Senate Republican leaders yesterday spurned a last-minute appeal from President Reagan to accept the House version of his spending cut plan and insisted on going to conference on the nearly $40 billion in program cutbacks.

The decision to buck the White House amounted to at least a tentative reassertion of congressional prerogative over economic policy, which has so far been dominated by Reagan and his budget director, David A. Stockman. It also constituted a go-easy signal to Stockman, whose go-for-broke style of lobbying has frayed some sensitive nerves on Capitol Hill, especially in his latest effort to short-circuit the House-Senate conference on the spending "reconciliation" bill.

While agreeing with Reagan and Stockman that there are risks in a conference, Senate Majority Leader Howard H. Baker Jr. (R-Tenn.) and Budget Committee Chairman Pete V. Domenici (R-N.M.) said they nonetheless believed it would produce a better bill.

Moreover, negotiations with Democrats to produce a smooth, minimum-risk conference had reached the point that "I do now predict we will pass a reconciliation bill within the next week or so," Baker told reporters after activating the machinery to begin a conference early next week.

Reagan called Baker yesterday morning to throw his weight behind Stockman in urging the Senate Republican leadership to consider accepting the House-passed version of the spending cuts instead of risking a conference stalemate or rejection of a conference compromise on the floor in the Democratic House. Stockman had lobbied hard over the last few days to get the Senate simply to accept the House bill.

Baker submitted the issue to committee chairman and other GOP leaders, who voted 19-to-2 to insist on a conference. Only Appropriations Committee Chairman Mark O. Hatfield (R-Ore.) and Sen. Roger W. Jepsen (R-Iowa), vice chairman of the Joint Economic Committee, dissented, according to Senate Republican sources. Baker told Reagan of the decision during a meeting on another issue at the White House and reported afterward at a news conference that the president "heartily endorsed the decision once it was made."

It was the second time in recent weeks that Senate Republicans rebuffed a Reagan initiative on economic strategy. The first came when the Senate unanimously endorsed a GOP resolution rejecting Reagan's main proposals for Social Security cutbacks.

Both Baker and Domenici went out of their way to downplay the dispute as "an honest disagreement on the last step of the [budget] process," as Baker put it, although Domenici made a point of publicizing his disagreement with Stockman on the conference issue.

Sources said it was Domenici, principal architect of the Senate reconciliation bill, who led the fight to resist Stockman, resulting in what was described as a strongly worded lecture from Domenici to Stockman yesterday morning about senatorial responsibilities.

To the extent that there were winners or losers in the episode, Domenici was a winner and Stockman a loser -- so long as the conference does not bog down.

"I know it's a great risk," Domenici told reporters. "I don't want to lose this package any more than anyone else. But I belive we will get reconciliation . . ."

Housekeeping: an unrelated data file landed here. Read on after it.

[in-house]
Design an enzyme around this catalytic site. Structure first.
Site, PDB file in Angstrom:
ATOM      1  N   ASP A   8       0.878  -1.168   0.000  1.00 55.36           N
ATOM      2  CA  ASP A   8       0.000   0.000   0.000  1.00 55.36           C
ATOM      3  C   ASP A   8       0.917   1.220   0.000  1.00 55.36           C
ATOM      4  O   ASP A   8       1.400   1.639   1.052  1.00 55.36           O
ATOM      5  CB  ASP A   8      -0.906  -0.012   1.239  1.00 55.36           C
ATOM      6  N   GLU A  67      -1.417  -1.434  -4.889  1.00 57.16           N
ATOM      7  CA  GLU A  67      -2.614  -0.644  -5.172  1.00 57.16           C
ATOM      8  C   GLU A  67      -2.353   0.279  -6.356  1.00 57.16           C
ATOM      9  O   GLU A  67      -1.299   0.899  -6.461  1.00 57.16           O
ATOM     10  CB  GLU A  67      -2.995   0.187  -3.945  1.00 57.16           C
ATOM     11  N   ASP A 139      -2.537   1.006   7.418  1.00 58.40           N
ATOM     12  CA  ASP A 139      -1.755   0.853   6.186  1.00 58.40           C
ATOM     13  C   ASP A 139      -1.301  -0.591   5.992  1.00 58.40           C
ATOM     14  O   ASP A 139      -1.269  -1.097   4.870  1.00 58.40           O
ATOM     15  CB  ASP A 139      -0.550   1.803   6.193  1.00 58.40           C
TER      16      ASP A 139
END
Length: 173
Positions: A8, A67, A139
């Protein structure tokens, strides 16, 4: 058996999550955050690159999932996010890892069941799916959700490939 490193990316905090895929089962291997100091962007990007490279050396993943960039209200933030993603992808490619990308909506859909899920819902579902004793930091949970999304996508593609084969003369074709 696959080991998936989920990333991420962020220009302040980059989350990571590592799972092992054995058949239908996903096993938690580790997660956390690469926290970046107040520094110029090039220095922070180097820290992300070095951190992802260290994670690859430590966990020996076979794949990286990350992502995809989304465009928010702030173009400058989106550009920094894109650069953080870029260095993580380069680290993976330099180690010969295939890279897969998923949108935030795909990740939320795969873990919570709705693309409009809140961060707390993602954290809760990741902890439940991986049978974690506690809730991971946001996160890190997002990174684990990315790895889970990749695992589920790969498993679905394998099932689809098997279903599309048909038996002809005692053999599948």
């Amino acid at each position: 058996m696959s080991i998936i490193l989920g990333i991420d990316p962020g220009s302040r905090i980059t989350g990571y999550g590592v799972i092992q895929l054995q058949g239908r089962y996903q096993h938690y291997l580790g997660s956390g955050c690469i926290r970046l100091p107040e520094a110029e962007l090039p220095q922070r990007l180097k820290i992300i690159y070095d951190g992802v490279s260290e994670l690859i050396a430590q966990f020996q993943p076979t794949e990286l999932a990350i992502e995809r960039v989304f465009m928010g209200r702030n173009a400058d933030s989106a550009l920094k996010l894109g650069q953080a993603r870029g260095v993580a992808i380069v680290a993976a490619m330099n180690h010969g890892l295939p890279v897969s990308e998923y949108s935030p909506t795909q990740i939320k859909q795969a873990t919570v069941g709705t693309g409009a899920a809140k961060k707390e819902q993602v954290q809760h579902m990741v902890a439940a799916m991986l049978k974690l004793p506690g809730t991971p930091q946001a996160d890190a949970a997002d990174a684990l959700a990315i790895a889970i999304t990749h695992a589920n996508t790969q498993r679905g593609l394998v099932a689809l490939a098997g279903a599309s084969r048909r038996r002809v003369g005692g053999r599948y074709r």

Asked about reports that Senate Republicans might reserve the option to resurrect and approve the House bill if the conference falters, Baker said the Senate was "not without remedies." But he did not appear to stress any fallback strategies.

In congressional shorthand, reconciliation means program cuts designed to meet budget targets: in this case nearly $40 billion worth of cutbacks in domestic programs to achieve a scaled-back spending target of $695.5 billion for fiscal 1982. Even the Democrat-controlled House adopted most of Reagan's proposed cuts when conservative Democrats voted for a Reagan-backed substitute to cuts that had been proposed by House Committees.

While the House and Senate versions were "almost identical" in about 75 percent of their provisions, according to Baker, he and Domenici said the differences were important enough to merit a conference.

Moreover, Domenici said even some House Republicans were sufficiently disturbed by some aspects of their hastily prepared, error-pocked bill to tell senators they wanted a conference to clean up the legislation.

According to Domenici, the critical substantive differences between the two versions include Medicaid financing, food stamps and nutrition, health block grants, Conrail funding and non-budgetary items like radio and television deregulation.In all, there were "important areas of disagreement that senators felt very strongly about," both Republicans and Democrats.

While there is basic agreement on cutbacks in entitlement programs, which the White House stressed in pushing for the GOP alternative in the House last month, there are 30 to 40 other issues to be resolved, Domenici said.

Baker discounted speculation that a conference might eliminate "sweeteners" that House Republicans inserted to patch together their 217-to-211 victory on the reconciliation bill last month. He said he thought the conference would probably produce a compromise that would pick up more votes than it would lose.